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Software Developer, Mentor, Architect and UX/UI craftsman. Also, a psychology nut that loves curling. Zac is a DZone MVB and is not an employee of DZone and has posted 66 posts at DZone. You can read more from them at their website. View Full User Profile

Hiring Developers: Slow Down to Speed Up

07.07.2013
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Finding and hiring talent in the technology industry has been ongoing for decades. One might assume early stumbling blocks have been identified and rectified, right? Unfortunately, hiring development talent is still a difficult area for many employers. Why is this? Most do not recognize the monumental task ahead of them. Having successful, productive employees isn't about hiring the right person. That's secondary. The first step is finding the right kind of people. These individuals are highly skilled and share the core values of a company. They need to shine bright in a team or individual setting. These people are commonly called "A" players or a "10" (rating talent on a 1-10 scale). Good programmers are worth their weight in gold! To clarify, one should be looking for 10s or individuals with the potential to be a 10. Even the most gifted minds don't start their career as a 10, but they have a key attribute in common "potential." A hasty hiring process can lead to hiring 7s or 5s. This is a very slippery slope. So, what's wrong with hiring a few 7s and 8s?

Hiring unqualified talent creates two problems. Without proper guidance most individuals tend to hire others who are similar to them. In other words, 7s don't hire 10s. They hire 5s and 7s. This can spiral into a vicious cycle of mediocrity. Mediocrity is a common enemy of every business. No one wants to have an average product/service or acceptable staff. They want to be the market leader with highly exceptional talent. The second problem: 5s drive away 10s. High caliber talent appreciates working with similar talent. These individuals collectively increase their abilities through challenging one another. This is where "iron sharpens iron." They can also effect potential 10s through osmosis.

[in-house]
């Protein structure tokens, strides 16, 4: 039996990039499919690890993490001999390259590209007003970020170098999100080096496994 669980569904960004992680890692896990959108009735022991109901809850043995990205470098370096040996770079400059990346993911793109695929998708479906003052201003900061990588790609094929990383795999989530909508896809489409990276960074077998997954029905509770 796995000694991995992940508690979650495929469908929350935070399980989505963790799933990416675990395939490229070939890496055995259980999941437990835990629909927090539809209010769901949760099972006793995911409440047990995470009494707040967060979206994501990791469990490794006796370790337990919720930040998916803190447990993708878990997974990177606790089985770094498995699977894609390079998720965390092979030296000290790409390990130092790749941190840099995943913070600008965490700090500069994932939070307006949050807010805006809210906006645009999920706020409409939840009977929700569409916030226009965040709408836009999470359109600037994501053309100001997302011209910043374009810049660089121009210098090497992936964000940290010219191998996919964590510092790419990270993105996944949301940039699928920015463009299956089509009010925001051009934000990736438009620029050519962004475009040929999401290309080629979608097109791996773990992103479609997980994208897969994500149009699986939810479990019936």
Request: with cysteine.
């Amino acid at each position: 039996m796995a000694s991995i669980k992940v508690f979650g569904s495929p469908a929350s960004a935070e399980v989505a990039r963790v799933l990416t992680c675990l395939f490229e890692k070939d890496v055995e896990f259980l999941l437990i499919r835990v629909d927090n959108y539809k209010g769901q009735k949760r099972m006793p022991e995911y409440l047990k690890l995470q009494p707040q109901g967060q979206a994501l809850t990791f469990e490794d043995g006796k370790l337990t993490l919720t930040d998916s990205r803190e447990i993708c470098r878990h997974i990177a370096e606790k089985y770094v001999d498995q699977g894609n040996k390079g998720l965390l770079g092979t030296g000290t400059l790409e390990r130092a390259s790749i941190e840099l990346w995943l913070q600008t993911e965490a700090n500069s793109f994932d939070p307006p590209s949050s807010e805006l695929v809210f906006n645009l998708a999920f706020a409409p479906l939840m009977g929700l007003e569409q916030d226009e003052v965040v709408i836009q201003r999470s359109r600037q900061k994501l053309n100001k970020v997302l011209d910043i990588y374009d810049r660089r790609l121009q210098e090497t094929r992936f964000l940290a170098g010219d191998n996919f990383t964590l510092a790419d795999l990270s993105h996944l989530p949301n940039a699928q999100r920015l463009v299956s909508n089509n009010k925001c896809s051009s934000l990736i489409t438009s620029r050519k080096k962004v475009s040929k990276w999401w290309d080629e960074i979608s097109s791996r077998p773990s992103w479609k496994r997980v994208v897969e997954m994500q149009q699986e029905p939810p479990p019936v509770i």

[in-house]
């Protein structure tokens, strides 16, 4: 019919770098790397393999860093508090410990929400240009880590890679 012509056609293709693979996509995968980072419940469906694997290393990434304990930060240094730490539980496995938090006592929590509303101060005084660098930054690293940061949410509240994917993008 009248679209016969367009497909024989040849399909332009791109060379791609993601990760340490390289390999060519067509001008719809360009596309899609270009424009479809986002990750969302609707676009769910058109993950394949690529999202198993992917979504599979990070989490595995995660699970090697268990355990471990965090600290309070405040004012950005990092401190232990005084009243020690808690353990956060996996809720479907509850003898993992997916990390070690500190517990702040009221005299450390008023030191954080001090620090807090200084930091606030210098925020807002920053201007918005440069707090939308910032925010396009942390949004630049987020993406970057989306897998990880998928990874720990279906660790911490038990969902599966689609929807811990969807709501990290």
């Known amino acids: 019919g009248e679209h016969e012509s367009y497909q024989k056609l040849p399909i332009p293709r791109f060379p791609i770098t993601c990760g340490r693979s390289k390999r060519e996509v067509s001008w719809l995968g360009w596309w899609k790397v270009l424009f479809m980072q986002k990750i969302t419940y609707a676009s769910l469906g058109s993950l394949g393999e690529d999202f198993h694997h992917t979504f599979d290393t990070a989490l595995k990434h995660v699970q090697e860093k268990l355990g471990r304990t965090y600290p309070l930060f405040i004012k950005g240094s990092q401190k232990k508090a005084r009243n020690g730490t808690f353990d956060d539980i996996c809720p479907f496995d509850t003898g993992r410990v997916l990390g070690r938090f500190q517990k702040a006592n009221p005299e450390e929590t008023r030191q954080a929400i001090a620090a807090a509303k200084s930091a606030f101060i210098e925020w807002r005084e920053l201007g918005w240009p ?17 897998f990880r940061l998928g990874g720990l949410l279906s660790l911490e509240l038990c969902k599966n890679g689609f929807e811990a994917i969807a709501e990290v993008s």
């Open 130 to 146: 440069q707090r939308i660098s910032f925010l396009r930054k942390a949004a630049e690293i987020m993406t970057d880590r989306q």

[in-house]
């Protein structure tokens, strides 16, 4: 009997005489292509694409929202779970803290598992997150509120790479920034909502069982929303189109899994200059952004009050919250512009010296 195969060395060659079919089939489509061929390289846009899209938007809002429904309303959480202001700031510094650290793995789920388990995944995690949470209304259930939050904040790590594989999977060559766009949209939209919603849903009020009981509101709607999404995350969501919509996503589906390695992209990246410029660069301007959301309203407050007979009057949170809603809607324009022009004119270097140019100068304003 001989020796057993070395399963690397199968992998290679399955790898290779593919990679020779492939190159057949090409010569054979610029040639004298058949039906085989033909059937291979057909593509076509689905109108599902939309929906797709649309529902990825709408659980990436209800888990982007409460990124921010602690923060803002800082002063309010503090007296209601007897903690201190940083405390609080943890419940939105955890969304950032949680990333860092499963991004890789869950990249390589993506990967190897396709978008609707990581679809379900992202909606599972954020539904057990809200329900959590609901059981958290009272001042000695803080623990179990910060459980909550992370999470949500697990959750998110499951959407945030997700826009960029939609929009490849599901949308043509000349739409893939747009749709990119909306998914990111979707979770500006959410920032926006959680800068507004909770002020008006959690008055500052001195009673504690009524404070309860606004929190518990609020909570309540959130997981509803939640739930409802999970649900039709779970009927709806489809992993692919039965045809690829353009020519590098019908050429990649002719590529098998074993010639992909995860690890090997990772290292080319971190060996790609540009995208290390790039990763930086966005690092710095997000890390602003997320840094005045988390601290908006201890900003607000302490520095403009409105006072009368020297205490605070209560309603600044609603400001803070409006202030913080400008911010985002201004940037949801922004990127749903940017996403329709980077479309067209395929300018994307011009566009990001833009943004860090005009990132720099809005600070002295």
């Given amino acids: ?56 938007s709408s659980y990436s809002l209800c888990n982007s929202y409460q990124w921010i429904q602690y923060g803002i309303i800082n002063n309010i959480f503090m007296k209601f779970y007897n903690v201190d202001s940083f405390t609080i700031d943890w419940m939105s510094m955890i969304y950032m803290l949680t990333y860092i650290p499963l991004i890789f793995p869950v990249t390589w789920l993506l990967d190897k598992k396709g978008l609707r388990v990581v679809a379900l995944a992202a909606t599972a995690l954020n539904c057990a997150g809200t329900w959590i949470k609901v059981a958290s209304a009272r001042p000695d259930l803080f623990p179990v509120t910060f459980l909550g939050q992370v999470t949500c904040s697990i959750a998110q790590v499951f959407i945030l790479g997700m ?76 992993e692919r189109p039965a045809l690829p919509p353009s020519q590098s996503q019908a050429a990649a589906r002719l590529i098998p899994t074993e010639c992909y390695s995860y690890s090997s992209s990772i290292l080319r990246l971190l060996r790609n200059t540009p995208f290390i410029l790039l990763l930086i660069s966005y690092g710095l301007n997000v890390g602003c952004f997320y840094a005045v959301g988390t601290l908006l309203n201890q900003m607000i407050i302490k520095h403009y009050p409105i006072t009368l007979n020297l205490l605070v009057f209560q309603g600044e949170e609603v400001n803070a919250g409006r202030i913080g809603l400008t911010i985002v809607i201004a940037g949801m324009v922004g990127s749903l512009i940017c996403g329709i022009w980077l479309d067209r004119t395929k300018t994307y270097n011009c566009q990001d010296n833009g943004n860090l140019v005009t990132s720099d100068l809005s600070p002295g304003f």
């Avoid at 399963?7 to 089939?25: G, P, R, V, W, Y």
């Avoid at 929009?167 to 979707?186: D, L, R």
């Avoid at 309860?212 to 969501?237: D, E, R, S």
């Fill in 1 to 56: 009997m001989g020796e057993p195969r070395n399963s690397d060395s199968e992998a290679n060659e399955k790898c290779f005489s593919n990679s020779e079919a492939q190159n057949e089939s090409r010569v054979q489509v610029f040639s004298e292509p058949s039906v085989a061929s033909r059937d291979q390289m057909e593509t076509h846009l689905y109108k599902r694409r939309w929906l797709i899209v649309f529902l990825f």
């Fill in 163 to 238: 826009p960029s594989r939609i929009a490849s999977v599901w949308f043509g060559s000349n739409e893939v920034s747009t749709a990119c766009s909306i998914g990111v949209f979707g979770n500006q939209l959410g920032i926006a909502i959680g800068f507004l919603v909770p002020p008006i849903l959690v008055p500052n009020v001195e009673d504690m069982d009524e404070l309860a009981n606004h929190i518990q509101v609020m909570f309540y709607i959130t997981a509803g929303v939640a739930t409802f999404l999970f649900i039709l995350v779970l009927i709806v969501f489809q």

Identifying great talent starts with slowing down. Finding the right talent and finding Mr. Right should be viewed in the same vain. It's a marriage and from that union should flow a prosperous outcome. The following is a list of recommendations for hiring 10s:
  • Don't interview in a vacuum. Engage all potential team members in the evaluation process. Other relevant employees might also provide interesting insight.
  • Encourage the natural instincts of those involved. If something doesn't feel right, dig deeper to reveal the underlying reason. Everyone should be encouraged to speak openly and freely.
  • Seek unanimous agreement by all members. If there are any reservations, they should be discussed. It should be a no-brainer.
  • Maintain a mindset of finding the "right fit" and not the "right now fit." Don't be afraid to keep looking.
  • Look for 10s and potential 10s. This can be accomplished in a plethora of ways including personal/phone interviews, multiple visits, personality evaluation, tech screening, programming tests, etc.
  • Identify individuals who adapt well to change. This is a common trait of highly effective people.
  • Seek out candidates who can have well versed dialog about topics. They should display enough knowledge to show exceptional proficiency.
  • Don't hire "yes" men. Look for people who can articulate opinions but are open to constructive dialog.
Although most companies cringe at the concept, they should continuously look for programming talent. Even a passive approach is better than jumping in and out of the market. Good talent is hard to find and most already have jobs. Some don't even make it to the market as potential companies lure candidates away. But when they do enter the market, they are snatched up fast.
Published at DZone with permission of Zac Gery, author and DZone MVB. (source)

(Note: Opinions expressed in this article and its replies are the opinions of their respective authors and not those of DZone, Inc.)

Comments

Lund Wolfe replied on Sat, 2013/06/08 - 2:27pm

Totally agree with the "it takes one to know one".  It is apparently very hard to identify a "10" even when one is right under your nose.  At least make sure you have your own developers at the interview and give them advance notice to prepare questions or even review the candidate resume.